Bold and willful, they do not tremble as they blaspheme the glorious ones (v10)

But these like irrational animals, creatures of instinct, born to be caught and destroyed, blaspheming about matters of which they are ignorant (v12)

They have eyes full of adultery, insatiable for sin. They entice unsteady souls. They have hearts trained in greed. Accursed children (v14)

They are scoffers and follow their own sinful desires (2 Peter 3:3)

I have seen a horrible thing: they commit adultery and walk in lies; they strengthen the hands of evildoers so that no-one turns from evil (Jeremiah 23:14)

Give it time and a false prophet will always expose himself as false. The rotten fruit will always rise to the surface. The more time you spend in God’s presence and soaking yourself in His word, the easier it will be to spot the false prophet. If you are then not quite sure, ask a godly older brother or sister who you trust. Discernment like that should really be for the body of Christ as a whole as we defend the truth together.

 February 10, 2017  Posted by at 12:00 pm The sermon on the mount No Responses »
Feb 032017

False prophetsBeware of false prophets, who come to you in sheep’s clothing but inwardly are ravenous wolves. (Matthew 7:15)

There are a lot of advantages to the easy access we have these days to all sorts of preaching, ministries and teaching material on the internet. The verb ‘to google’ is in everyday vocabulary and if we want to know something about the bible we just type our question into Google (or search engine of choice) and hit the enter key.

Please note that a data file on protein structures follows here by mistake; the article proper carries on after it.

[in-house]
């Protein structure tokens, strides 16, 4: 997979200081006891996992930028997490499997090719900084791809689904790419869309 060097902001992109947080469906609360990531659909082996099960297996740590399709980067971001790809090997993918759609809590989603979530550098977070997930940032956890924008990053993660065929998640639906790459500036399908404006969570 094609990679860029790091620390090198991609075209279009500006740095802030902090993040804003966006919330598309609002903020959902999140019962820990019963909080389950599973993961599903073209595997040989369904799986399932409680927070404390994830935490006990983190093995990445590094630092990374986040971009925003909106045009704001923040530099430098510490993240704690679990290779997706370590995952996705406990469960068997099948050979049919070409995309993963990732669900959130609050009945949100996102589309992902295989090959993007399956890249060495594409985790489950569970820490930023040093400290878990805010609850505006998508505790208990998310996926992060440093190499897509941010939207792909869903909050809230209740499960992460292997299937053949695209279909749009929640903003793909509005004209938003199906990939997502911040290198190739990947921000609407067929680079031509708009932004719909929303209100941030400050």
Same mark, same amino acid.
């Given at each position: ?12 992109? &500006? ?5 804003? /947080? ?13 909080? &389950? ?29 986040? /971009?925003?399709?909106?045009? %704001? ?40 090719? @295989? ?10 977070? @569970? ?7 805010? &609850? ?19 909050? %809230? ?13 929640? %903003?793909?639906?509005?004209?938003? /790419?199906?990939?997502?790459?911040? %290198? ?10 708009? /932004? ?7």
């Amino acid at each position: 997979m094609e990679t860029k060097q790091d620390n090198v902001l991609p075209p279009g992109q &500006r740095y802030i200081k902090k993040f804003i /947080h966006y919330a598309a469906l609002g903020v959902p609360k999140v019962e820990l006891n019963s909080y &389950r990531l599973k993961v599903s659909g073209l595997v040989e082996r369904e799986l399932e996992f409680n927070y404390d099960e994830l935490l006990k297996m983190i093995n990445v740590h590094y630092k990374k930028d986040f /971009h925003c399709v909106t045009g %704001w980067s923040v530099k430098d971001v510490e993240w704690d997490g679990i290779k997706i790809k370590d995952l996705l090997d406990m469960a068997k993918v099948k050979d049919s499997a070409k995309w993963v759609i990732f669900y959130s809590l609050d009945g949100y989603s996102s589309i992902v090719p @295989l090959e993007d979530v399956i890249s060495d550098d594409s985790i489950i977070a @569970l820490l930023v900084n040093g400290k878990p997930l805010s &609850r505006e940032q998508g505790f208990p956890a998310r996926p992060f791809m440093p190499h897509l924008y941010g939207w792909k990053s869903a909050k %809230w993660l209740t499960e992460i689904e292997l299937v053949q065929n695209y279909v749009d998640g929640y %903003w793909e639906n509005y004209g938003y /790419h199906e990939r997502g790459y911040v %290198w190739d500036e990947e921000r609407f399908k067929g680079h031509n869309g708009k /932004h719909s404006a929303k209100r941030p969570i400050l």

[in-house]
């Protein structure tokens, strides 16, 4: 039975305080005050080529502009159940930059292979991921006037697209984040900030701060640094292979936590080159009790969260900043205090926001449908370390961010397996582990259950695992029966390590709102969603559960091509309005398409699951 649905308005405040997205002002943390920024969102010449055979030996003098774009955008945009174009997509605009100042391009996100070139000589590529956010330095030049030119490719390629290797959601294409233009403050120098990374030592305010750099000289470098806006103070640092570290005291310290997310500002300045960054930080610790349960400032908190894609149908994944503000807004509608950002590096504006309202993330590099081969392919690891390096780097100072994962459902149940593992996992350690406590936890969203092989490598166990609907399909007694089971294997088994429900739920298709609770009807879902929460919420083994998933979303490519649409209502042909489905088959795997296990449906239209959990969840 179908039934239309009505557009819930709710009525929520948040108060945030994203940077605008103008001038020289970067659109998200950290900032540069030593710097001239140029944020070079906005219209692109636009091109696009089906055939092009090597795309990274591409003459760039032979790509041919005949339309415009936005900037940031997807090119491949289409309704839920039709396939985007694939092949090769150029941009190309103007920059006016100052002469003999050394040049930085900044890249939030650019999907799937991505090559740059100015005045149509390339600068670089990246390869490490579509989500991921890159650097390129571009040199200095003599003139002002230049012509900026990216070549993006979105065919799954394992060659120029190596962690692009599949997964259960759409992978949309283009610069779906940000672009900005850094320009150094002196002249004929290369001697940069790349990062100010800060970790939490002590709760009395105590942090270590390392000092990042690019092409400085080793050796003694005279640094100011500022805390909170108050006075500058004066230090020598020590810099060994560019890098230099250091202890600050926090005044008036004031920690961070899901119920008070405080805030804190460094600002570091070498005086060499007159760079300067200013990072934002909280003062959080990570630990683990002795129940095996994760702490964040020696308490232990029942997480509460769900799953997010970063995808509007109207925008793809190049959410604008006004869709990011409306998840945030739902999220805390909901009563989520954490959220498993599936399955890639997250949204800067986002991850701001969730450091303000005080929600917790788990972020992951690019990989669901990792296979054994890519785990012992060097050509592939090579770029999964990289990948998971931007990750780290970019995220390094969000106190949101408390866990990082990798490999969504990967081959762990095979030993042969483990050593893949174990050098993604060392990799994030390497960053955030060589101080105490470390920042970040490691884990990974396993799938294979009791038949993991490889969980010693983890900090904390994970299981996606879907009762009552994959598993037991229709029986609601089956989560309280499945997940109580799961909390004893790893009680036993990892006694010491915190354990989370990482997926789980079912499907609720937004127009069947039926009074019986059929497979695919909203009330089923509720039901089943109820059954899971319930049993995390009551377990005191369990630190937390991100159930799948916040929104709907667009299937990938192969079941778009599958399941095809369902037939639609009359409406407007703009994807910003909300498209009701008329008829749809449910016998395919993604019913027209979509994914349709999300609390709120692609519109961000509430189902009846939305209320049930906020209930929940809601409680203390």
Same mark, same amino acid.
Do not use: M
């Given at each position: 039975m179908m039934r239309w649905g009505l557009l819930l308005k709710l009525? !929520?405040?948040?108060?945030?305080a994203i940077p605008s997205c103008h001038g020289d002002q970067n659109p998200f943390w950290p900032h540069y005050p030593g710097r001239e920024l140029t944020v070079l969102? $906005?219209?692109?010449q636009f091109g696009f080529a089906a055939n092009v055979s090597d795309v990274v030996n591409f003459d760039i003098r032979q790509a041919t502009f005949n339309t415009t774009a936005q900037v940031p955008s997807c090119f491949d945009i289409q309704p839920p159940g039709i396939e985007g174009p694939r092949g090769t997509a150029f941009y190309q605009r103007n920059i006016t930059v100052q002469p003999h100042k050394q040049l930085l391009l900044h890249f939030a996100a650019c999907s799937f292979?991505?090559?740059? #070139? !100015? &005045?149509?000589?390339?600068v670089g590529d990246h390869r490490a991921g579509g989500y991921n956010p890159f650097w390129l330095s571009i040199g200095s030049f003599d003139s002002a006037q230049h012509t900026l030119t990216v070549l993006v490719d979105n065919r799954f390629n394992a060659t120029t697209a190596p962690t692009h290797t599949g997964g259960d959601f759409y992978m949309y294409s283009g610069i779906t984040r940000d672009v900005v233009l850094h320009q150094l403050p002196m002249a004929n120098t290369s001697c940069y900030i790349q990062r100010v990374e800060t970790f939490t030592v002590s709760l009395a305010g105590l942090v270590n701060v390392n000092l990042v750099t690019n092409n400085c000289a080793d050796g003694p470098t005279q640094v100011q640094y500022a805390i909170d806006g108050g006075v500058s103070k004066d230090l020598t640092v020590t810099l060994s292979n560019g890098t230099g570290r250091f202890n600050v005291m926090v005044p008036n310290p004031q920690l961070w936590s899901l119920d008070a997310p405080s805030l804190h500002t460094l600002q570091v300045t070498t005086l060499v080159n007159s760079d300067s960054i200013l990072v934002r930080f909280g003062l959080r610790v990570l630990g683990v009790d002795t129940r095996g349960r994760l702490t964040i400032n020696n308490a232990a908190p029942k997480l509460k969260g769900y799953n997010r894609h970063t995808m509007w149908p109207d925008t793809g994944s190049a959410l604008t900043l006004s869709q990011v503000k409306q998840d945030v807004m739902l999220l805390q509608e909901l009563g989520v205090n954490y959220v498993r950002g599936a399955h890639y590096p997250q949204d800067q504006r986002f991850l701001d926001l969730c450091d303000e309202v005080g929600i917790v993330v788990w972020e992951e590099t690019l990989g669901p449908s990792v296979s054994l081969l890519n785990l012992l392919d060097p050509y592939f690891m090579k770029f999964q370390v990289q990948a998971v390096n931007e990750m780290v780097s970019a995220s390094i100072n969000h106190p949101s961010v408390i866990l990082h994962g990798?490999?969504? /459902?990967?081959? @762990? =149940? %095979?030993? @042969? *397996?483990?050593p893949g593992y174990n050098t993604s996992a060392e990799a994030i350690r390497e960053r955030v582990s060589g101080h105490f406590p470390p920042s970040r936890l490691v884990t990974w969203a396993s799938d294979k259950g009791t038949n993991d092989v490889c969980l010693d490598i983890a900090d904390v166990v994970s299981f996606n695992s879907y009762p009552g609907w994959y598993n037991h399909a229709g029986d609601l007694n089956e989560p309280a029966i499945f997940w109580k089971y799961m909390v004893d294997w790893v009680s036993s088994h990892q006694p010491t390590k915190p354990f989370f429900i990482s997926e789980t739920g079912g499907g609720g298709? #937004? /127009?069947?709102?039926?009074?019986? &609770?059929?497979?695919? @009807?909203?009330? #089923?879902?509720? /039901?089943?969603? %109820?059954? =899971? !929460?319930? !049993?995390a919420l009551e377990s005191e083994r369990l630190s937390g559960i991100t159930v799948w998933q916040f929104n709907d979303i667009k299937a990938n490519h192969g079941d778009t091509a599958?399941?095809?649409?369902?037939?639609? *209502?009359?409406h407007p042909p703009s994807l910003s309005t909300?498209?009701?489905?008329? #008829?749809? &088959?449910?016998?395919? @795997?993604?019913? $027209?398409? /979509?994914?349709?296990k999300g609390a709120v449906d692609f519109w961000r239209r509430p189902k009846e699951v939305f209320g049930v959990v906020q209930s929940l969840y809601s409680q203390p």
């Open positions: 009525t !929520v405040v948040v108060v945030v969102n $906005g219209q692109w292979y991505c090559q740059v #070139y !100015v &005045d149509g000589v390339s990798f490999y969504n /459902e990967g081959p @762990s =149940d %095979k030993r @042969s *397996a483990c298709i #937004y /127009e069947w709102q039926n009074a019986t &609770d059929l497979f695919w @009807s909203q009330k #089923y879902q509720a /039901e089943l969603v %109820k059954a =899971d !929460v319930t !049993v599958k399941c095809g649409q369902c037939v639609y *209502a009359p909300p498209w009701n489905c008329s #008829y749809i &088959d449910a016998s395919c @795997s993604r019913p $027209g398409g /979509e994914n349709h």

That’s where the trouble starts!

The internet is littered with people who will have all sorts of opinions on every subject under the sun. As you can imagine, many of these would come under the category of ‘false prophet’. We have to be very careful.

I don’t believe that we are just talking about ‘prophecy’ specifically, but anyone who would try to change or manipulate the word of God.

False prophets, of course, are not a modern invention that didn’t appear before the World Wide Web. They have been around from the beginning and will always appear when truth is being proclaimed and people are serious about spreading God’s word. The bible has many warnings (Old & New Testaments) about people who would seek to deceive God’s people.